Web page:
One of the reasons I’ve heard teachers give for not trying project-based learning is that their time is SO limited. I completely understand having very limited class time. I’ve often wondered how our recesses are getting shorter and shorter, but we still don’t seem to have enough class time to get everything done.
If you’re interested in trying PBL, but time isn’t on your side, try this process to fit it in:
Break the project into bitesize pieces.
Plan a long-term PBL that consists of small, bitesize activities. Incorporate as many subject areas as you can in order to get the most bang for your buck. Keep each activity at 30 minutes or less, but have each activity build off of the last. You want your students to make connections each day so that it doesn’t seem like you’re just handing them random, quick work.
Don’t overwhelm students with choices.
Project-based learning is so engaging for students because they get to make so many choices during it. Their project is not like any other student’s PBL because they all have different perspectives. Many people dread trying PBL because their students don’t use their time wisely as it is. What they don’t understand is project-based learning is still a guided activity. You need to give students choices within the framework of the project, not just let them loose to do whatever they please.
Here are some ideas:
- If students are presenting their results as a presentation, give them a PowerPoint template so that they don’t waste an hour just picking their theme and getting slides set up. The content is what’s important, not the design.
- Give students a choice of 3 websites to find specific information on. If they’re looking up party supply prices, don’t just let them go on Google. Give them 3 easy to navigate websites to choose from. You’d be surprised by how much time this saves.
Prepare students for the PBL using mini-lessons
You can save a lot of time by preparing students for their project. Use mini-lessons to give students the notes and skills they need for each part of the PBL. This means that when you get into your short project block, you can concentrate on facilitating instead of more direct instruction.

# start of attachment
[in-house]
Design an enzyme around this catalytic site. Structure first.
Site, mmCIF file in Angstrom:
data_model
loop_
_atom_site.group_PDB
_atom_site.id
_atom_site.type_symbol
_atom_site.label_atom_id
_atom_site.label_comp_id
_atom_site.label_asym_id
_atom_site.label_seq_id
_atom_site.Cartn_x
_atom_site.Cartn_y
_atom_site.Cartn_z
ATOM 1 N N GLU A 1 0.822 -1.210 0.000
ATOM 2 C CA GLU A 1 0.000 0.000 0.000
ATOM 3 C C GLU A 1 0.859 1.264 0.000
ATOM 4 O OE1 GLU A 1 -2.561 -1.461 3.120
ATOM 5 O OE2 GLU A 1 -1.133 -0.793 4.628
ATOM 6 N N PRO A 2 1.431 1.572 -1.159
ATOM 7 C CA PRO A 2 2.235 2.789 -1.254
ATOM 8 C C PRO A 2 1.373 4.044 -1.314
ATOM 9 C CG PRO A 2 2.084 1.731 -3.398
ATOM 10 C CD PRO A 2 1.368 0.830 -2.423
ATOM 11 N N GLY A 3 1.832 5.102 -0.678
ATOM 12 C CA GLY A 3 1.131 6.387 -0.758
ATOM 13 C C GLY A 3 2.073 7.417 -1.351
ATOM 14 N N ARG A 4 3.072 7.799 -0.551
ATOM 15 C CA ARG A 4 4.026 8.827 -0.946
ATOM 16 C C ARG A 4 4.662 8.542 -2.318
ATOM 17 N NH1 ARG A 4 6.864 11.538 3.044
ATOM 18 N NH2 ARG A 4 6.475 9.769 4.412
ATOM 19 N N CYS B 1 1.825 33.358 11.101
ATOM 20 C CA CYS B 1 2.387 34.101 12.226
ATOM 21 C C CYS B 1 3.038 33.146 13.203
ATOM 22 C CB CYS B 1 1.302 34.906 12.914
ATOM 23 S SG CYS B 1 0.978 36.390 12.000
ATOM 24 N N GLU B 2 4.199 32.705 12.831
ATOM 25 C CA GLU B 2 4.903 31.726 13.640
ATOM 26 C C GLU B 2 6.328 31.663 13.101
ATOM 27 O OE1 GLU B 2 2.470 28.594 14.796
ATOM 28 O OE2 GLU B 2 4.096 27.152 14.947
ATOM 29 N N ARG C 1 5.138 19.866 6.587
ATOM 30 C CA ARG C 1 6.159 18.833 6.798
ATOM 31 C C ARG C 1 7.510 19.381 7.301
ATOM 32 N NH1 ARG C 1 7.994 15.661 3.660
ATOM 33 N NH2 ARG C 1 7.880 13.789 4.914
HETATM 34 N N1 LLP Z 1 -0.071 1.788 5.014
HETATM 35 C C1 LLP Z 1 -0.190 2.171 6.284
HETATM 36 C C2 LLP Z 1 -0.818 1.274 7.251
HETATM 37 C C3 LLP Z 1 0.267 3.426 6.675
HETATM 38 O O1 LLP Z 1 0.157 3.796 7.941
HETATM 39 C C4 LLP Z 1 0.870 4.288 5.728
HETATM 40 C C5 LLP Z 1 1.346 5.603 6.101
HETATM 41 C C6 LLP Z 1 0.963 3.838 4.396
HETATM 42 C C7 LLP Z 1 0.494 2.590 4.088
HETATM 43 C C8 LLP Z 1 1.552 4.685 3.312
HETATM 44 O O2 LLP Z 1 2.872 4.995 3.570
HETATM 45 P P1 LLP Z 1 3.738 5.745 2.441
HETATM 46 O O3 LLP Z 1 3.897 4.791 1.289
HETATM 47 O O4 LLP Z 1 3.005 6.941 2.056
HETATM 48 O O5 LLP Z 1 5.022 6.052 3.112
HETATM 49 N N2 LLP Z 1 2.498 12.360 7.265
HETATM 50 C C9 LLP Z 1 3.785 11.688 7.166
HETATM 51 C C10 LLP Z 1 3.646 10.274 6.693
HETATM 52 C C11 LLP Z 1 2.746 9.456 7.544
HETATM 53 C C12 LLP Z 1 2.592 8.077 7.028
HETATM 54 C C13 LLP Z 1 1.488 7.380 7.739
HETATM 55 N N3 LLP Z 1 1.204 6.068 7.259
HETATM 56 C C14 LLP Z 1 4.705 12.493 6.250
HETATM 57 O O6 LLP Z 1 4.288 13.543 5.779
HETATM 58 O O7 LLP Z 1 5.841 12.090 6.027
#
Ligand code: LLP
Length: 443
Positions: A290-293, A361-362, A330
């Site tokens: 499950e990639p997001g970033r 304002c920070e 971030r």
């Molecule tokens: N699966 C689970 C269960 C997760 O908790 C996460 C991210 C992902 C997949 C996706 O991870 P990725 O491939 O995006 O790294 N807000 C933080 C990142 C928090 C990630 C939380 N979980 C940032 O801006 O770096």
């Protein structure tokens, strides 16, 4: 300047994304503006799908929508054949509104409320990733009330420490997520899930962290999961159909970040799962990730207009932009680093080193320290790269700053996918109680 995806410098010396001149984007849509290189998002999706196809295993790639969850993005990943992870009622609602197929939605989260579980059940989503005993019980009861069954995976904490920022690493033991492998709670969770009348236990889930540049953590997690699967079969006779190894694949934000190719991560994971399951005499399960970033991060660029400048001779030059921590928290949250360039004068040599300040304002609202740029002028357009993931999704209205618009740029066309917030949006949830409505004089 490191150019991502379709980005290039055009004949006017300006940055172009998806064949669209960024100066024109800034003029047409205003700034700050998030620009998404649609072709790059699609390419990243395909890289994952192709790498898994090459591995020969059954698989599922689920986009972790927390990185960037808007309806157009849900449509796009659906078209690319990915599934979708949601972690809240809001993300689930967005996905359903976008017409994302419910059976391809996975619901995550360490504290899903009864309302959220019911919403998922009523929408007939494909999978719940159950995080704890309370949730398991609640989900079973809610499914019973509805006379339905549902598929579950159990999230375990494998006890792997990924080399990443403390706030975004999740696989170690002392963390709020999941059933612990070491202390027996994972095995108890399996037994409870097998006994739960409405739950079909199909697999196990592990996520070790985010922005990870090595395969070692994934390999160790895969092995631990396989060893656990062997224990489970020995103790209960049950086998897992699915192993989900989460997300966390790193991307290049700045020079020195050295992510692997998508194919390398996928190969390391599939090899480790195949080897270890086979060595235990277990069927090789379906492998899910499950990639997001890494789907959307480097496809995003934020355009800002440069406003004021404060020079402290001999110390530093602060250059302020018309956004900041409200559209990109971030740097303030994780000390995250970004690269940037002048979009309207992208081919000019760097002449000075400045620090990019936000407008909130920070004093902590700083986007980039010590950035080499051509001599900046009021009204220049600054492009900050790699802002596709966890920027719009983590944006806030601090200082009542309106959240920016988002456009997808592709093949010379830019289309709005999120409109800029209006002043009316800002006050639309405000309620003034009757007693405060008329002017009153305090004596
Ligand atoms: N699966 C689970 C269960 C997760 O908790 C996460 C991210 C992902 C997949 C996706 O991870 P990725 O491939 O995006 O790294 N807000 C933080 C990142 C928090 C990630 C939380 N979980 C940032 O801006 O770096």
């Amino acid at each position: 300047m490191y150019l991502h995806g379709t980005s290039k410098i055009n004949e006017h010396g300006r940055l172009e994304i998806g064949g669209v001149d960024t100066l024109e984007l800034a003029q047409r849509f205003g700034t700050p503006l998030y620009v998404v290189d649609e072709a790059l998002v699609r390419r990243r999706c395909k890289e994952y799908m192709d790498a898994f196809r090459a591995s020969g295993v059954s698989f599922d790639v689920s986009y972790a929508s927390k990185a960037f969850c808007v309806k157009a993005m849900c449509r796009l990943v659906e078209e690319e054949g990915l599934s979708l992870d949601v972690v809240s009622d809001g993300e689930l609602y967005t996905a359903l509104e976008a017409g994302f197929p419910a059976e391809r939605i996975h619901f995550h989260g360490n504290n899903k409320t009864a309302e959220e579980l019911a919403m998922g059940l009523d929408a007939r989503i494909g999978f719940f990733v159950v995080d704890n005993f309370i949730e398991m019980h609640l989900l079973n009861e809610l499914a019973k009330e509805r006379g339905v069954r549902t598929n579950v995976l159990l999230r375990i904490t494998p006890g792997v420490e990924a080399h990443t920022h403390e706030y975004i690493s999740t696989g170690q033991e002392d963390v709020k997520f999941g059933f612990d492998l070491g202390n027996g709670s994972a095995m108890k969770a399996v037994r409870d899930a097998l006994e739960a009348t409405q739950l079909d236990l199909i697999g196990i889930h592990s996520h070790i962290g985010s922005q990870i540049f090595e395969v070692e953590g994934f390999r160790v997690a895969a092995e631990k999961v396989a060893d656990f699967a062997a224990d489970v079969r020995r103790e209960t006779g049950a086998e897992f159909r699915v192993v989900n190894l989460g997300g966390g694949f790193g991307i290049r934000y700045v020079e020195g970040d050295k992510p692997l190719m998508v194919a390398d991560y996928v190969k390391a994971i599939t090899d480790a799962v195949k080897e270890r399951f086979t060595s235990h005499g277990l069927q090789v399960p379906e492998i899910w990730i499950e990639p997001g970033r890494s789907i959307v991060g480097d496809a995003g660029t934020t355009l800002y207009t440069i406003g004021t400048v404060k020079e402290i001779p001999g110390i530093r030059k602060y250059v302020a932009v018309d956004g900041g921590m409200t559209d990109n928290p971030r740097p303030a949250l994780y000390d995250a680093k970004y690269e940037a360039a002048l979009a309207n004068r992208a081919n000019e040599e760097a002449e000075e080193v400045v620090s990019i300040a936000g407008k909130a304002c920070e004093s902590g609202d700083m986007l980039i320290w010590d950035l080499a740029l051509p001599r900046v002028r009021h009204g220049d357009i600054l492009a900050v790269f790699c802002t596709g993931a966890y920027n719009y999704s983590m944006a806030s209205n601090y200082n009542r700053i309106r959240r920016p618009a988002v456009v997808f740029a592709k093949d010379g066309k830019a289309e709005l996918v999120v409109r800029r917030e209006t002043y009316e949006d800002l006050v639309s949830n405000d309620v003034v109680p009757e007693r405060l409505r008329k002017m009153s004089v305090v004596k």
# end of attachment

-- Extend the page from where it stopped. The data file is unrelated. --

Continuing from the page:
I personally make my projects math focused because I feel like it’s an easy starting point. We do our mini-lessons as direct instruction and I differentiate within the project as needed.
Here are some of my favorites:
Sneak pieces of the project into other subject areas.
If students need to read about or research something for their project, incorporate that into your regular reading block. You can easily align reading and research from any project with almost any ELA standard. If students need to make calculations for their project, incorporate that into your math block. Not only is it great to make connections between subject areas, but you can “gain” more time by having the leg work incorporated into another subject block.
Set up supplies beforehand.
I like to start PBL after lunch if I can. This has several benefits, especially when I’ve had classes that seem to totally disengage after lunch. A key benefit is that you can have helpers come in and set up any necessary supplies beforehand. More often than not, my projects don’t require this, so I just use the last 5 minutes before lunch to get the directions displayed. I used to have directions up and folders passed out when they came in from lunch, so they could immediately get started with no time wasted. I wouldn’t even do a warm-up. Now that we’re all digital, I load the directions into their Google classroom and they know to get started immediately.
I teach my students general procedures before our first PBL and I’m consistent with having them practice these procedures. This saves a lot of time because students know exactly what to do when they need help, need supplies, or are “done”.
If you use these ideas, you CAN, and should, implement project-based learning with just 30 minutes a day! Check out this blog post series to get started: Implementing PBL from Start to Finish